Proponents of Arizona's SB 1070 are operating under a number of misleading assumptions and/or deliberate distortions. The undocumented population of Arizona is decreasing, not increasing, drug violence from Mexico has not spilled over, crime is generally down, and deportations are higher than they've been in 10 years.
Proponents of the law know that public opinion is on their side, however, so instead of engaging reality, they've chosen to make outlandish claims that are out of line with the facts but in sync with people's emotions, with Gov. Jan Brewer telling false tales of beheadings in the desert and Sen. Jon Kyl claiming the Obama administration is holding the border "hostage" even as it deploys troops to guard it.
This weekend on Face the Nation, Kyl dismissed the notion that crime was down in Arizona as a "gross generalization":
SMITH: One of the things that’s come to light over the past last couple weeks is that in some of these border towns that were thought to be susceptible to lawbreaking of illegal immigrants. Crime is actually down. Crime in Phoenix for instance is down significantly over the past couple of years.
KYL: Well, that’s a gross generalization. Property crimes are up, certain violent crimes on certain parts of the citizenry are up. Phoenix is a very large source of kidnapping. It’s called the kidnapping capital of the United States. … So there’s a great deal of violence and crime associated with illegal immigrants.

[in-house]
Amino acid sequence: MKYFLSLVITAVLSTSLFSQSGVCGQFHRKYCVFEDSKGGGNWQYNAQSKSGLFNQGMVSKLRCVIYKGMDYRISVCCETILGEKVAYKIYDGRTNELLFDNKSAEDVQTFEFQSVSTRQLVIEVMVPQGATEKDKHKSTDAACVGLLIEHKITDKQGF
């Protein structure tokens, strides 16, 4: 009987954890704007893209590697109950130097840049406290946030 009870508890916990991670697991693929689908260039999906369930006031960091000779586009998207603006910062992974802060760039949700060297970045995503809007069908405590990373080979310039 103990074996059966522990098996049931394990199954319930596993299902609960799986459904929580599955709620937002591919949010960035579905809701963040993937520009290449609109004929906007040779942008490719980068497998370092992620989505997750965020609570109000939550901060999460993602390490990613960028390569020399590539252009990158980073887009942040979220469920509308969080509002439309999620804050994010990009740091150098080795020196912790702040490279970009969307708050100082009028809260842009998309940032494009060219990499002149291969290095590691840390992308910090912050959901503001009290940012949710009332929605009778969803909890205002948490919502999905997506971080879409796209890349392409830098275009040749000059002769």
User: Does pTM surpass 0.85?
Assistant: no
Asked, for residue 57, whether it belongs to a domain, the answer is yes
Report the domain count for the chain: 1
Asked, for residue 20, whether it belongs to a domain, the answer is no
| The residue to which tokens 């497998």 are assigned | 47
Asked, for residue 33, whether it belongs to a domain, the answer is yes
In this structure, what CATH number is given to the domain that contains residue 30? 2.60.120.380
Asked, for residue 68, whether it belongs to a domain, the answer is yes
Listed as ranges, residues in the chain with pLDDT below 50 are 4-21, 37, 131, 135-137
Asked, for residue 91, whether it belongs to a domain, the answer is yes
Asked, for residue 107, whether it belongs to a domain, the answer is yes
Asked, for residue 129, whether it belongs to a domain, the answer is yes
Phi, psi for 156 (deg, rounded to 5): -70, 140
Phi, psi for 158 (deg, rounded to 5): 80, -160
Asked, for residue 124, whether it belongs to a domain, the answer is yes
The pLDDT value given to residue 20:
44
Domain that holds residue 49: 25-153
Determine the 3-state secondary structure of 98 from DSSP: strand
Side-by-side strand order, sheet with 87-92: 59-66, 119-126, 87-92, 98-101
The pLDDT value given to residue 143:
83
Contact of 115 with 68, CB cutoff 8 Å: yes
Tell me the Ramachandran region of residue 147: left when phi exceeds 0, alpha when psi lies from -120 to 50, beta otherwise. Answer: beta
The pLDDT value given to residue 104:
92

Andrew Nill at Thinkprogress is giving Kyl a hard time for this, but Kyl's right. The idea that crime is down in Arizona is a "gross generalization" in the sense that the one place where it isn't is in the jurisdiction of conservative celebrity Sheriff Joe Arpaio, whose draconian anti-immigrant policies have made him so popular among the nativist right:
That's probably not what Kyl meant.
Between the statements of other law-enforcement officials that having local police enforcing immigration policy would be detrimental to fighting crime and studies showing that increases in immigration correlate with decreases in "homicide and robbery," I think it might be fair to say that the choice here is between making a monumental effort to purge Arizona's undocumented immigrants and the people most likely to be mistaken for them and actually making the state a safer place to live.
You may also like:
You need to be logged in to comment.
(If there's one thing we know about comment trolls, it's that they're lazy)